A mini-revolution has hit North America and that mini-revolution is the wholehearted embrace of full-employment economics in Ottawa and Washington. The arrival of full-employment economics in the most recent Canadian and U.S. budgets marks the end of a forty-year reign for austerity economics.
As inflation has become more of a historical memory than a present danger, the logic behind the forty-year prioritization of price stability over employment may seem something of a puzzle. However, digging a bit beneath the surface, the gist of the former consensus was simple enough: If unemployment falls beneath its “natural” threshold, then employers will be forced into a bidding war for scarce workers, who will then secure wages in excess of their productivity, which will force businesses to raise prices, which will lead workers to demand yet-higher wages, which will force businesses to raise prices further still, thereby setting off an inflationary spiral that will be difficult to stop. Thus, to save the economy from such destabilization, the government has to reduce economic demand — by raising interest rates, or cutting spending, or both — before unemployment gets too low, even if inflation is not yet apparent.
And it didn’t matter that this scenario never actually unfolded as feared – it was the dominant narrative in business circles and amongst many economists for over four decades and our governments dared not contradict it. To put it a bit differently, for forty years the official narrative obscured the class interests of our governments’ prioritization of low inflation over plentiful jobs. That said, for those who knew where to look, it was always clear whose interests were being served by the policy.
Put bluntly, the wealthy have a far greater interest in price stability than they do in full employment; moderate inflation erodes the value of their bonds and cash holdings, while moderate unemployment has little adverse impact on their finances — and may even increase the value of their stocks by suppressing labor’s bargaining power.
The bulk of workers, on the other hand, have a much greater interest in abundant jobs than ultralow prices. In a full-employment economy — where firms must compete for scarce labor — employers will be more likely to offer opportunities to “low skill” workers, on-the-job training to inexperienced ones, accommodations to the partially disabled, and wage increases to all. Nevertheless, policy-makers spent the bulk of the past forty years preventing the full employment economy from coming into being. In fact, as recently as 2015, the (U.S.) Fed treated preempting the mere risk of modest inflation as a higher priority than the achievement of an unemployment rate below 5 percent.
Then COVID hit, the old consensus broke down, and fiscal policy underwent its mini-revolution.
The American mini-revolution
By the time Joe Biden took office, Congress had already supplied the economy with roughly $3 trillion in fiscal support. That unprecedented stimulus had left U.S. households $12 trillion richer than they had been before the pandemic. Which is to say: The median American family was in better financial shape in January 2021 than it had been at the peak of the Trump “boom.” The economy was already recovering, and vaccines were about to be distributed. And yet Democrats passed another $1.9 trillion stimulus anyway — in the name of accelerating the return of full employment. Plans totaling another $4 billion were soon to follow (the American Jobs Plan and the American Families plan).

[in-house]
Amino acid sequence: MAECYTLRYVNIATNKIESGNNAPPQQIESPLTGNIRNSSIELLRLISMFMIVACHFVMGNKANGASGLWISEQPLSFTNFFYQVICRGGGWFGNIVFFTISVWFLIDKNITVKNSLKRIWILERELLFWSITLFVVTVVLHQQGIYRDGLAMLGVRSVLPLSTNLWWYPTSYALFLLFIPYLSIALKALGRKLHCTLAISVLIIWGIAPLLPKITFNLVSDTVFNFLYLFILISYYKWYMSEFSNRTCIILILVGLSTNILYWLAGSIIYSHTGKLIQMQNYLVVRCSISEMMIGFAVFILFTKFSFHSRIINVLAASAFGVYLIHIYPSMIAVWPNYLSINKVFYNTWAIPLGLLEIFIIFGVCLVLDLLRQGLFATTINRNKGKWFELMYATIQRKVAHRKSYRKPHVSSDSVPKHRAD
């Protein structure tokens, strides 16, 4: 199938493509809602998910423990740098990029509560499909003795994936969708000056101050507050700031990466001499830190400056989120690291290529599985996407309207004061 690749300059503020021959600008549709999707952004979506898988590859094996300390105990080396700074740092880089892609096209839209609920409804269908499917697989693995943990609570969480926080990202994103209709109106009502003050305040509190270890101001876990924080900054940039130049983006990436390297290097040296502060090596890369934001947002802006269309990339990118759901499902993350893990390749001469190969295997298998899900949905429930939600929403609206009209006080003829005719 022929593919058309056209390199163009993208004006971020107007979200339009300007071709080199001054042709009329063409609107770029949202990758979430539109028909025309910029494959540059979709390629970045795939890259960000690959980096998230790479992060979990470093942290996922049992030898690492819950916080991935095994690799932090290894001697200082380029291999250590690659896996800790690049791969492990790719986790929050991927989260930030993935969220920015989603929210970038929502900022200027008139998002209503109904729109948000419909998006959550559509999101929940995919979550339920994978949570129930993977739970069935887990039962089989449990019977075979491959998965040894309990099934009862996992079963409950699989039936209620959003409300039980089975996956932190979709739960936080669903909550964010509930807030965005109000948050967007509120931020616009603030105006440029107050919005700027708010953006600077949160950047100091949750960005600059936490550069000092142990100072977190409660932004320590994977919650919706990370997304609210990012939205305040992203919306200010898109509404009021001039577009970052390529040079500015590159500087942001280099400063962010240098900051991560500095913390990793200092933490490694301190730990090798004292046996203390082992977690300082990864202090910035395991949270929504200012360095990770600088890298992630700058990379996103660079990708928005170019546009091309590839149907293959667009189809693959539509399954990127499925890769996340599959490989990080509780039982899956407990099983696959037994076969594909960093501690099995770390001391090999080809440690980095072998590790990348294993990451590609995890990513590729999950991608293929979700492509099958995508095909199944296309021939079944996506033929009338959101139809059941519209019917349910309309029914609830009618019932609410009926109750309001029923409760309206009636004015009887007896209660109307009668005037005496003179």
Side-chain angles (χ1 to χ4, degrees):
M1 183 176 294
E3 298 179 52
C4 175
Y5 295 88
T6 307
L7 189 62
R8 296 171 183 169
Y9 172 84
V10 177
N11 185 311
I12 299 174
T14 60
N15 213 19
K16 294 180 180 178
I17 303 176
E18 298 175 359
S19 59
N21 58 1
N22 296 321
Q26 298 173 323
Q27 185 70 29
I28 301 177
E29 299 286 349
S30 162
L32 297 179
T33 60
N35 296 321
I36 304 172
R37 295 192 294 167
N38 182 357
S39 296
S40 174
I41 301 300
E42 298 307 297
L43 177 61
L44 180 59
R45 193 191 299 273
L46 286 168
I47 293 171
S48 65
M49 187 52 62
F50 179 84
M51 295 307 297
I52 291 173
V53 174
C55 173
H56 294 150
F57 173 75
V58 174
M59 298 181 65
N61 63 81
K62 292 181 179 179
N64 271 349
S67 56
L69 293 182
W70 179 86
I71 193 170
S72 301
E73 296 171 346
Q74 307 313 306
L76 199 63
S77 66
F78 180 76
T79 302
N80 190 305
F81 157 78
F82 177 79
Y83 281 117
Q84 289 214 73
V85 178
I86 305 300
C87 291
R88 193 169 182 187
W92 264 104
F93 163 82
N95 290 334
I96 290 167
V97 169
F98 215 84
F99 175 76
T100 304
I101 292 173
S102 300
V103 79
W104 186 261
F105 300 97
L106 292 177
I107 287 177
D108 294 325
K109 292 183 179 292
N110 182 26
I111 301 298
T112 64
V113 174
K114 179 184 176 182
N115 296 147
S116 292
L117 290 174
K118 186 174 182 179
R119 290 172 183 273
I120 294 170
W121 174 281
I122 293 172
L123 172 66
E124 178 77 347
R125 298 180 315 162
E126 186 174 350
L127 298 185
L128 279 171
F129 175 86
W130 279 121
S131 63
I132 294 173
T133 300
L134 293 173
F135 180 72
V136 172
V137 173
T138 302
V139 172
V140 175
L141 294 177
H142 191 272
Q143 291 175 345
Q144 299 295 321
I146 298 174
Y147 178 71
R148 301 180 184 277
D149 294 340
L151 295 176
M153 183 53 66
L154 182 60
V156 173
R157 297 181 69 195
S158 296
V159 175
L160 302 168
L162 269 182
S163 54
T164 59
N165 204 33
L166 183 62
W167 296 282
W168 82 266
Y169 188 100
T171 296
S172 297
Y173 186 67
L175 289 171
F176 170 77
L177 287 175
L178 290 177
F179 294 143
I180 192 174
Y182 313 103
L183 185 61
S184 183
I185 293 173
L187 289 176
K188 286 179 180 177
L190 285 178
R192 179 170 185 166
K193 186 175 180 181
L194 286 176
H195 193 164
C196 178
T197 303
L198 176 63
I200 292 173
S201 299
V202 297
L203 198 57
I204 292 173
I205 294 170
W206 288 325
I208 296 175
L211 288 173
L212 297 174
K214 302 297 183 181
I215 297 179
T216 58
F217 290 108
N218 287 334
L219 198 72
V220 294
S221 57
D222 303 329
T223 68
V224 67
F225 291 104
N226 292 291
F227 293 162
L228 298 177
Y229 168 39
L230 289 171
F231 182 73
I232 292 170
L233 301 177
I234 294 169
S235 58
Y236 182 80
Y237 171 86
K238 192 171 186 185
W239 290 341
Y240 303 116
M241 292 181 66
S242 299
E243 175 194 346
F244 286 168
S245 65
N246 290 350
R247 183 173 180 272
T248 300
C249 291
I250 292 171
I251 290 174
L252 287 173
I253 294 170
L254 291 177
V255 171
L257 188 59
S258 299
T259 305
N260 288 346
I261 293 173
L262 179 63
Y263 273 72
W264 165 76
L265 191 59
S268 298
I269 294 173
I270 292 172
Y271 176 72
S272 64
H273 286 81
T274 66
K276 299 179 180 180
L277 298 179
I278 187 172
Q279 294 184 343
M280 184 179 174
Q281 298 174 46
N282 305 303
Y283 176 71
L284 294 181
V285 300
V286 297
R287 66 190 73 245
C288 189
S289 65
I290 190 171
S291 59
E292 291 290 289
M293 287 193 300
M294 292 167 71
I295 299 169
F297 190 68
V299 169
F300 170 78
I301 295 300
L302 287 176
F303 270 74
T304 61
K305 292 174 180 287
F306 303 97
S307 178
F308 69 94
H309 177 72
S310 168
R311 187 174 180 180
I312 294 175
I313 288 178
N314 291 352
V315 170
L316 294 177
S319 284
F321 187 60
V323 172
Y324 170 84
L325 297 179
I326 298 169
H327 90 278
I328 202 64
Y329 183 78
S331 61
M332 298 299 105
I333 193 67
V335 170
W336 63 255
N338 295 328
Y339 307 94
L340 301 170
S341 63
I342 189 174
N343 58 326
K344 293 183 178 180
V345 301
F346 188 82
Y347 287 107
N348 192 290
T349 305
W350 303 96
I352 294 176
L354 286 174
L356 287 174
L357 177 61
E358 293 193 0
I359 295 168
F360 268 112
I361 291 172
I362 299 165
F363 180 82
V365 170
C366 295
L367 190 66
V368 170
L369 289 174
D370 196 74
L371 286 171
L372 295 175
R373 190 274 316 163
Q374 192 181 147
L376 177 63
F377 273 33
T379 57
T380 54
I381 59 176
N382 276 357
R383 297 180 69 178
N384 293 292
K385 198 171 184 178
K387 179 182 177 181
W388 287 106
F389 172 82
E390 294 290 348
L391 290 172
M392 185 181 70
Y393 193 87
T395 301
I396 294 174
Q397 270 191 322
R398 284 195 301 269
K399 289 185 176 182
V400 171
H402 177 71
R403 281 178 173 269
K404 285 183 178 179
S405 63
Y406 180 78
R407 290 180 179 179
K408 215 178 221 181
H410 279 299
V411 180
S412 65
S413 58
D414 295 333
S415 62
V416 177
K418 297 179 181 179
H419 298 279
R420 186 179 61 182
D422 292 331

On May 27, in Cleveland, Biden made the case for this macroeconomic policy in unusually straightforward terms:
“My sole measure of economic success is how working families are doing, whether they have jobs that deliver dignity. That means we have to focus on wages like we used to. When it comes to the economy, rebuilding rising wages aren’t a bug. They’re a feature. We want to get something that economists call full employment. Instead of workers competing with each other for jobs that are scarce, we want employers to compete with each other to attract work. We want the companies to compete to attract workers. That kind of competition in the market doesn’t just give workers more ability to earn a higher wage. It gives them the power to demand to be treated with dignity and respect in the workplace.”
Biden’s speech was remarkable for its acknowledgment of full employment’s class implications: When jobs are plentiful, workers get leverage over bosses — which is a good thing, since workers cannot reliably secure “dignity and respect in the workplace” unless they have some material power over their employers.
This was especially notable in light of the speech’s context. Over the past month, lamentations of a “labor shortage” have filled the business press in the U.S. (and Canada for that matter) while multiple Obama-administration economists have sounded alarms over inflation. The president’s remarks serve as a tacit rebuke to both of those criticisms. Biden suggests that a scarcity of labor isn’t a blight to be avoided, but a goal to be pursued (after all, a synonym for “labor shortage” is “a dearth of involuntarily unemployed people”). And he also signaled an allegiance to full employment and wage growth over the minimization of inflationary risk.